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The Court Ruling on the Elections in Kenya: A Precedent for inter-State Disputes?


The Court Ruling on the Elections in Kenya: A Precedent for inter-State Disputes?

Gerhard Erasmus, tralac Associate, comments on the ruling by Kenya’s Supreme Court to overturn the re-election of President Uhuru Kenyatta, citing irregularities in the national election held in August 2017

The Rule of Law is what it says it is. In its most basic form it contains the principle that no person and no exercise of public power is above the law. And the extent of the protection it offers can be ascertained and be enforced through due process and judicial review.

The rule of law is often violated. It is not a favourite of dictators and anarchists. That is why a democratic society will be one where the judgments (including inconvenient ones) of the courts as to what the law means and requires, will be respected. In doing so legitimacy is bestowed on governments and their transactions.

The Kenya Supreme Court recently nullified the national elections held in August in that country. It found that irregularities had been committed by the election board and that new elections must be conducted within 60 days. This ruling, and the acceptance of the judgment, have been hailed as a milestone event. It has been noted that the nullification of a national election would be an extraordinary event anywhere in the world. One commentator described it as a first for Africa and “the most important democratic moment in Africa since the first non-racial elections in South Africa in 1994”.[1]

These developments bode well for democracy in Africa. Hopefully the new Kenyan elections will be peaceful. The threat by President Kenyatta to “fix this court”, is unfortunate; hopefully it will turn out to be no more than a sign of passing frustration.

Could this development serve as a precedent for intra-state disputes in Africa? It would be a very constructive development if it does. To mention one obvious area where the adjudication of disputes can bring much needed benefits: African governments do not employ the courts of law or binding arbitration when it comes to the implementation of their trade agreements. They do not litigate against each other. Territorial disputes are about the only instance where they will refer differences to an international court or to arbitration. The consequences are unfortunate. Those doing business in Africa and engaging in cross-border commerce are denied the benefits of the rule of law. It will make them hesitant to expand in areas and transactions where legal certainty and the knowledge that independent courts will rule on differences, become important calculations. Consumers and vulnerable communities too are denied the protection of basic rights and fairness.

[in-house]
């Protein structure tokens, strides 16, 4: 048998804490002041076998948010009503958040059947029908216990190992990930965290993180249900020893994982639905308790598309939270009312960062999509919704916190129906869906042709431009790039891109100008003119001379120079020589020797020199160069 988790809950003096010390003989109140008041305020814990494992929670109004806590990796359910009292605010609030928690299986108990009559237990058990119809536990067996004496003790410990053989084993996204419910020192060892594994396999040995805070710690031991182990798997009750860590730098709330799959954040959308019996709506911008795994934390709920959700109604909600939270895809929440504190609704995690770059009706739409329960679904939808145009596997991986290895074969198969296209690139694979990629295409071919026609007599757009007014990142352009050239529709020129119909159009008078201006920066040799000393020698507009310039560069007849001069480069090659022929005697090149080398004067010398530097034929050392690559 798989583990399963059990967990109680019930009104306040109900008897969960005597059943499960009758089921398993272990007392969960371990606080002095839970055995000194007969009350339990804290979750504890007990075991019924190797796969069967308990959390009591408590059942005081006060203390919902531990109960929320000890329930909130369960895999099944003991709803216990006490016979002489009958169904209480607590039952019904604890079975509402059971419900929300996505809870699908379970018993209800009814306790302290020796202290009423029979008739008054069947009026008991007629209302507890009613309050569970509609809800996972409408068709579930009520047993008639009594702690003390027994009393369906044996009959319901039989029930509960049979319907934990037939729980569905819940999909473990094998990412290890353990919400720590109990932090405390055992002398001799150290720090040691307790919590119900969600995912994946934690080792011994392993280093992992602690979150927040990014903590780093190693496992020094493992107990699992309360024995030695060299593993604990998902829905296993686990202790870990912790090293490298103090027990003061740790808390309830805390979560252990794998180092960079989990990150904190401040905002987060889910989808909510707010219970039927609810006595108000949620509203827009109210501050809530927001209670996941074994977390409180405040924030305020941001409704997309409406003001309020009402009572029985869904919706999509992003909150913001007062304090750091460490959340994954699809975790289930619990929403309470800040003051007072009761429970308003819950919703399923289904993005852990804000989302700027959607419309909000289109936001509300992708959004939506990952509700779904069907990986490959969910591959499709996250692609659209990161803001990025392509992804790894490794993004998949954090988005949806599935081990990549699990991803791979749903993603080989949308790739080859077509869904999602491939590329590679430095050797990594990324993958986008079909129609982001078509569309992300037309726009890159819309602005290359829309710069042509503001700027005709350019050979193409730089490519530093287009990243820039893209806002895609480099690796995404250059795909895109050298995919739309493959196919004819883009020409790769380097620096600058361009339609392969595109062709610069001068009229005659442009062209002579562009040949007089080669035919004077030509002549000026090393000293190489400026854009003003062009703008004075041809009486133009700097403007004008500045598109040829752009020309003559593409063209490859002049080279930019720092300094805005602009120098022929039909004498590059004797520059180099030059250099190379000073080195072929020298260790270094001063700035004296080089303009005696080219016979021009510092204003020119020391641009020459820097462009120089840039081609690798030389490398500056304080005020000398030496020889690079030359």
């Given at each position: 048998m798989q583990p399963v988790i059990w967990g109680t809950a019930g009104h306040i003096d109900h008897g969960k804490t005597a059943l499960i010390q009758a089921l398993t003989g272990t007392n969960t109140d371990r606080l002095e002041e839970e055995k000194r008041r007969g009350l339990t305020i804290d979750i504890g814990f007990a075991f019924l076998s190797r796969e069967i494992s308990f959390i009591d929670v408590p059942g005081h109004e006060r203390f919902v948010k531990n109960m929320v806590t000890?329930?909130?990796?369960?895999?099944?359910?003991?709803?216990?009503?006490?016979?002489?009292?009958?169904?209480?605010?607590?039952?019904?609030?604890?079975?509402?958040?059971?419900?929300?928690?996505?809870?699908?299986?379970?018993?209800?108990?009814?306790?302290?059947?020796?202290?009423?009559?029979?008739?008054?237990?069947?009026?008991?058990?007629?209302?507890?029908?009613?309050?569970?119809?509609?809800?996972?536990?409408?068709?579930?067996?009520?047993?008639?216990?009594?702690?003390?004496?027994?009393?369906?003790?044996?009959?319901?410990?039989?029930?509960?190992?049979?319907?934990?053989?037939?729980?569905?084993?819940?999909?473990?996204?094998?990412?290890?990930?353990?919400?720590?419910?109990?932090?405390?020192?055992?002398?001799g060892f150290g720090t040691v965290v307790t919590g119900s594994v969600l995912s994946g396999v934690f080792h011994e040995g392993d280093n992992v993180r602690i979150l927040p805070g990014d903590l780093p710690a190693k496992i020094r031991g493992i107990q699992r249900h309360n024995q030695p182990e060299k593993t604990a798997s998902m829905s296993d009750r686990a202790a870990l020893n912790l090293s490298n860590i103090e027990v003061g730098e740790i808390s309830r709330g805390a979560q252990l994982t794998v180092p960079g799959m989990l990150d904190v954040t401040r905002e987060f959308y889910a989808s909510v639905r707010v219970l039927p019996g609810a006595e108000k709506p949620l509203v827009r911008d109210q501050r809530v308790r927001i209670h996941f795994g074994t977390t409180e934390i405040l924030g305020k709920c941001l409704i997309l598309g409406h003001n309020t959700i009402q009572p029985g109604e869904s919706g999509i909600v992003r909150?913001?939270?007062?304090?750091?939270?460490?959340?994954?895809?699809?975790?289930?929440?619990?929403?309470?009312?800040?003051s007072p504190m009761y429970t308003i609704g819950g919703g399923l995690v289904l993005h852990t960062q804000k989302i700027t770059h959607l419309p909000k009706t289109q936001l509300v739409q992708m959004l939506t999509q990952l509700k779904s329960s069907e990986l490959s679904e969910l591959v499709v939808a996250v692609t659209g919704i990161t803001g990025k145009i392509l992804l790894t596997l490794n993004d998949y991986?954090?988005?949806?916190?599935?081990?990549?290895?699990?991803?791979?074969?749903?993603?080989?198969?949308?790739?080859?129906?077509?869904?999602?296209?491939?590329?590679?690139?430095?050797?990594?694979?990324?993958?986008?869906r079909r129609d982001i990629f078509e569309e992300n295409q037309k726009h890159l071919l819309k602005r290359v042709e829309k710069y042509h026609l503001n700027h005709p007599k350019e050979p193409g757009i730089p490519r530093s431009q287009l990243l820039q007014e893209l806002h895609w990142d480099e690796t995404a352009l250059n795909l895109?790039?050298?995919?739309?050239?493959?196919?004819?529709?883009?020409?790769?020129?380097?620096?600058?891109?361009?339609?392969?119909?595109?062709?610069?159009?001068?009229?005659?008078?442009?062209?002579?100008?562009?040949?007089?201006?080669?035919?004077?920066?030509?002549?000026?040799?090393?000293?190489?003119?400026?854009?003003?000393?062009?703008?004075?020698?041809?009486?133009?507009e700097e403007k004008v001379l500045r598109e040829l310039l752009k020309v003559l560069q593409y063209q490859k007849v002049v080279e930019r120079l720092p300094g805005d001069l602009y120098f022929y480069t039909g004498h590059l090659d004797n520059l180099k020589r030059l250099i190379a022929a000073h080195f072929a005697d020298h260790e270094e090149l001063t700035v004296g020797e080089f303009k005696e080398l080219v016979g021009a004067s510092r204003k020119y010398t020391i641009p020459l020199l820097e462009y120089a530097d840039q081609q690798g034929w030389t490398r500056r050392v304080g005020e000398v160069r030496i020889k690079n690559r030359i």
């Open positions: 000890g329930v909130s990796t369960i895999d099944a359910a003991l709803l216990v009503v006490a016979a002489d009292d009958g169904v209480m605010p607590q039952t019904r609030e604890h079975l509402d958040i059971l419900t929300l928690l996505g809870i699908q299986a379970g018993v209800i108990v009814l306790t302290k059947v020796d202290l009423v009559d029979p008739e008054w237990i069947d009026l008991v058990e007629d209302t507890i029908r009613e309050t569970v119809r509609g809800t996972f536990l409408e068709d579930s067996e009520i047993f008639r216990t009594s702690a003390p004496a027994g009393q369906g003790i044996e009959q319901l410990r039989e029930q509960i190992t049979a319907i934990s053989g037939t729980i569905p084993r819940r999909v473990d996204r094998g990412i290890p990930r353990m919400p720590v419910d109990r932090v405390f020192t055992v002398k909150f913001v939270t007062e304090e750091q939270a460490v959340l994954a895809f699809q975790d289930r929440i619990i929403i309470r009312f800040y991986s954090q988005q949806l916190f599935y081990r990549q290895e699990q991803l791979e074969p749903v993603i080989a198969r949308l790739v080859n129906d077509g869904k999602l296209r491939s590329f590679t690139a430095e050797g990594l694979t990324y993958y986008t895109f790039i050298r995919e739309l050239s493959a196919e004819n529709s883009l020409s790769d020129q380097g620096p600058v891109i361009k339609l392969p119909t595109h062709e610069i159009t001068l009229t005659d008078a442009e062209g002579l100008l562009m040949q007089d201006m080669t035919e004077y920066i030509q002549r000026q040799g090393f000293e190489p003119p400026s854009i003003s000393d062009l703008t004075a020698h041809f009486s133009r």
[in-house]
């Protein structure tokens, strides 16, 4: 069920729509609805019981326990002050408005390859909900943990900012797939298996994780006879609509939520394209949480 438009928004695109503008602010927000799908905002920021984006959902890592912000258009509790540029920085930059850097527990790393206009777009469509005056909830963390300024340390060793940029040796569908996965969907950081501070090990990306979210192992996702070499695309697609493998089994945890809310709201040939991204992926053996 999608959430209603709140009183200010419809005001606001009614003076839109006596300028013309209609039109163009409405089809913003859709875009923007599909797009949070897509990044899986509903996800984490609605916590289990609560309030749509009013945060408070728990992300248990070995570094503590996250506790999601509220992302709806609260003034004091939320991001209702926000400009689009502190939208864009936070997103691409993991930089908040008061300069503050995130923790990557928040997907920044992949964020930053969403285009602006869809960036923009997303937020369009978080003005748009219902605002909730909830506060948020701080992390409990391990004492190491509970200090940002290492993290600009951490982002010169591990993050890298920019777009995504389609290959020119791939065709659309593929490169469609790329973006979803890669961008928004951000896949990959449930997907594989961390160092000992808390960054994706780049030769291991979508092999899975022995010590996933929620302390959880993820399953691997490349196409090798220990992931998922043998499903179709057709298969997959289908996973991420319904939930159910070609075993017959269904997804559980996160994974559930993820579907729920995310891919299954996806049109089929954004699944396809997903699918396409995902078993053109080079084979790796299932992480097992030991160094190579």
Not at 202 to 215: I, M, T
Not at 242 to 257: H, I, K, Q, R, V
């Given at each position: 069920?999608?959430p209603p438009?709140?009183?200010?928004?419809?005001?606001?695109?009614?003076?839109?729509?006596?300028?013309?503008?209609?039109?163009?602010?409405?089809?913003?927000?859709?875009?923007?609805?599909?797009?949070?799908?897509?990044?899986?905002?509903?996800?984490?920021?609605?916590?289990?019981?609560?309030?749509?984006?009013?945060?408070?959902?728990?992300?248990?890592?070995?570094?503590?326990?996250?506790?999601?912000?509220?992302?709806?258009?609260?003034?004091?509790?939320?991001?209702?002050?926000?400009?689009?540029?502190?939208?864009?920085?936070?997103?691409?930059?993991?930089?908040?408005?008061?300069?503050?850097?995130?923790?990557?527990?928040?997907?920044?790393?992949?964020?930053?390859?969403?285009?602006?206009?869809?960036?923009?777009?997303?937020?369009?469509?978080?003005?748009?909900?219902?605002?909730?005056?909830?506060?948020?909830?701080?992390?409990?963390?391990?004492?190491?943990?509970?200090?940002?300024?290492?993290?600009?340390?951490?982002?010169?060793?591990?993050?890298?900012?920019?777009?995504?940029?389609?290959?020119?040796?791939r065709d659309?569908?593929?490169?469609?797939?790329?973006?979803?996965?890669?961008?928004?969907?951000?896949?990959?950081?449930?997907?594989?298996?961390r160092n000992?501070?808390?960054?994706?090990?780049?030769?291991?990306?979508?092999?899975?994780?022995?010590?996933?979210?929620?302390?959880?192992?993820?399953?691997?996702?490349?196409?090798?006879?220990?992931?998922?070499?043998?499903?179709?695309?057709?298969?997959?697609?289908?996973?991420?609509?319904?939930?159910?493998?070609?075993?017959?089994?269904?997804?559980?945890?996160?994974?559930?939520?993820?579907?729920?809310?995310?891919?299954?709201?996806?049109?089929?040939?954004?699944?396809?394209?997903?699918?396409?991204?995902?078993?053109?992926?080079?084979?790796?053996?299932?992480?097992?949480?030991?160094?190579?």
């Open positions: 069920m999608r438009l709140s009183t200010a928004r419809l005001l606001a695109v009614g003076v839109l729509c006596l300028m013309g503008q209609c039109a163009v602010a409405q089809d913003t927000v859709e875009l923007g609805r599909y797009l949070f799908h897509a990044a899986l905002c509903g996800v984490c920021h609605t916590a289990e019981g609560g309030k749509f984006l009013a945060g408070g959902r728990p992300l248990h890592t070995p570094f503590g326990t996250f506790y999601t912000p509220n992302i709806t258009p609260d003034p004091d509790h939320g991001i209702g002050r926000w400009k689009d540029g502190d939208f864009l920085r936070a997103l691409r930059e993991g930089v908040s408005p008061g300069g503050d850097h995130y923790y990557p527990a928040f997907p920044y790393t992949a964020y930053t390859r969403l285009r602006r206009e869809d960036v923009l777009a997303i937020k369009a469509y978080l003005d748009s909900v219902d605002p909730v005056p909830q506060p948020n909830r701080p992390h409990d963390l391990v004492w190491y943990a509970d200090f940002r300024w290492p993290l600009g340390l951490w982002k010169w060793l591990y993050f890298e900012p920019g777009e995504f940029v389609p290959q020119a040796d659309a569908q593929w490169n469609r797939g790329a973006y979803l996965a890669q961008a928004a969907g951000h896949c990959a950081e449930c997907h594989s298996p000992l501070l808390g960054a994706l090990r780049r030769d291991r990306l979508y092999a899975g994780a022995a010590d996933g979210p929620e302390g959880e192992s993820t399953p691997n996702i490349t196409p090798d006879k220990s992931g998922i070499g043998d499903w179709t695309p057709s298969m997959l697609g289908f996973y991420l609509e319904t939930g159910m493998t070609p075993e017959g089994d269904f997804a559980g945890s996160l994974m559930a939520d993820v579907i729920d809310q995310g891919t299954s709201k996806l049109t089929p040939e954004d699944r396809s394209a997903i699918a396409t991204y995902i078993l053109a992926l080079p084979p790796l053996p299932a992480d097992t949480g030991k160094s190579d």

Modern trade agreements are rules-based. This brings the advantages of certainty and predictability. Once the law has been clarified, investors and private firms will know where they stand. It will bring the knowledge and confidence that their future investments and efforts are protected by the independent application of the applicable law. Corruption and bribery not only result in lack of transparency and impartiality; the inevitable costs are passed on to consumers or result in other detrimental consequences such as irreparable damage to the natural environment.

The members of the World Trade Organization (WTO) regularly employ the services of the Dispute Settlement Body of that organization to settle disputes about the interpretation or implementation of WTO agreements. These disputes frequently concern sensitive domestic development plans and national economic policies. The advantage is that once a ruling has been given the parties will be able to continue with mutual trade and the implementation (after adjustment to the dictates of the law) of national policies.

The many African members of the WTO have accepted WTO rules on dispute settlement, but they do not litigate in Geneva, nor in the regional courts which form part of the Regional Economic Communities (RECs) in Africa. It is said that litigation against another (African) government is offensive; disputes can be resolved through consultations. The truth is that this seldom happens. Zimbabwe’s frequent violations of its commitments under the SADC Protocol on trade go unchecked.[2] Decisions in the institutions of the RECs are taken on the basis on consensus, resulting in political stalemates.

Dispute settlement is not an end in itself. In the context of the present discussion it is the means towards optimal conditions for trade and economic development. There is no effective alternative to the rule of law. It brings the many obvious advantages mentioned above, to inter-state transactions too. Sadly, politicians and governments only occasionally share the same conviction.

The bold decision of the Kenya Supreme Court and the acceptance by the candidates who will face the ballots box again, could be an indication of change. It will hopefully inspire political leaders and governments to bring the rule of law into the arena of trade and economic governance too. We all stand to benefit.


[1] Greg Mills Kenyan court takes giant step forward for Africa, Rand Daily Mail, 6 Sept 2017. https://www.businesslive.co.za/rdm/world/2017-09-06-kenyan-court-takes-giant-step-forward-for-africa/

[2] See for example, the tralac Trade Brief, How do the Southern African RECs compare as Rules-based Arrangements? https://www.tralac.org/publications/article/10135-how-do-the-southern-african-recs-compare-as-rules-based-arrangements.html


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